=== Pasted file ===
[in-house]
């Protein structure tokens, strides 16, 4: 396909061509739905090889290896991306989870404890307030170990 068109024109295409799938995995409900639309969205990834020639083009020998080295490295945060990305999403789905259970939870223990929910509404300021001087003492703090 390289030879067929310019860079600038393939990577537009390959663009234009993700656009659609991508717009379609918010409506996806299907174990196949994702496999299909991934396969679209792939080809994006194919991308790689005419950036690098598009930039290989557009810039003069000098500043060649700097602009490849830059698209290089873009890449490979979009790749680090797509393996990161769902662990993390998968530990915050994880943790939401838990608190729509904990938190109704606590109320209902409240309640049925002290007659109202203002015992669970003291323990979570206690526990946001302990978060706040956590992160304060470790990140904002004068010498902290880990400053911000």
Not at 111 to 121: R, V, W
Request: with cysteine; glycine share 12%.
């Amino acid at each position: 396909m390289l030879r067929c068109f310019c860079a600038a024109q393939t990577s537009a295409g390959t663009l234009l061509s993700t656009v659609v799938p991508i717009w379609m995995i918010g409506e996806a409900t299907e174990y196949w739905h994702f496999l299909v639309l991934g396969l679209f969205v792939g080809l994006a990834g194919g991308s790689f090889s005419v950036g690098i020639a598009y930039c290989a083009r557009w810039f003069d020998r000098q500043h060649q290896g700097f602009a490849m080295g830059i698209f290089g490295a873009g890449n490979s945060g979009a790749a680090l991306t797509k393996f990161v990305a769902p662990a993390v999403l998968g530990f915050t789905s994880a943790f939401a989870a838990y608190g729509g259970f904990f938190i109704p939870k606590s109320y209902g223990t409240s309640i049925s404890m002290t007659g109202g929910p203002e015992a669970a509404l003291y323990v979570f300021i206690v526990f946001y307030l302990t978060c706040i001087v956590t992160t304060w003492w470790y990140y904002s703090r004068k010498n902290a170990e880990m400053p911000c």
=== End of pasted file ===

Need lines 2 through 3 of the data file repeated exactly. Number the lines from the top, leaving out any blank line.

């Protein structure tokens, strides 16, 4: 396909061509739905090889290896991306989870404890307030170990 068109024109295409799938995995409900639309969205990834020639083009020998080295490295945060990305999403789905259970939870223990929910509404300021001087003492703090 390289030879067929310019860079600038393939990577537009390959663009234009993700656009659609991508717009379609918010409506996806299907174990196949994702496999299909991934396969679209792939080809994006194919991308790689005419950036690098598009930039290989557009810039003069000098500043060649700097602009490849830059698209290089873009890449490979979009790749680090797509393996990161769902662990993390998968530990915050994880943790939401838990608190729509904990938190109704606590109320209902409240309640049925002290007659109202203002015992669970003291323990979570206690526990946001302990978060706040956590992160304060470790990140904002004068010498902290880990400053911000």
Not at 111 to 121: R, V, W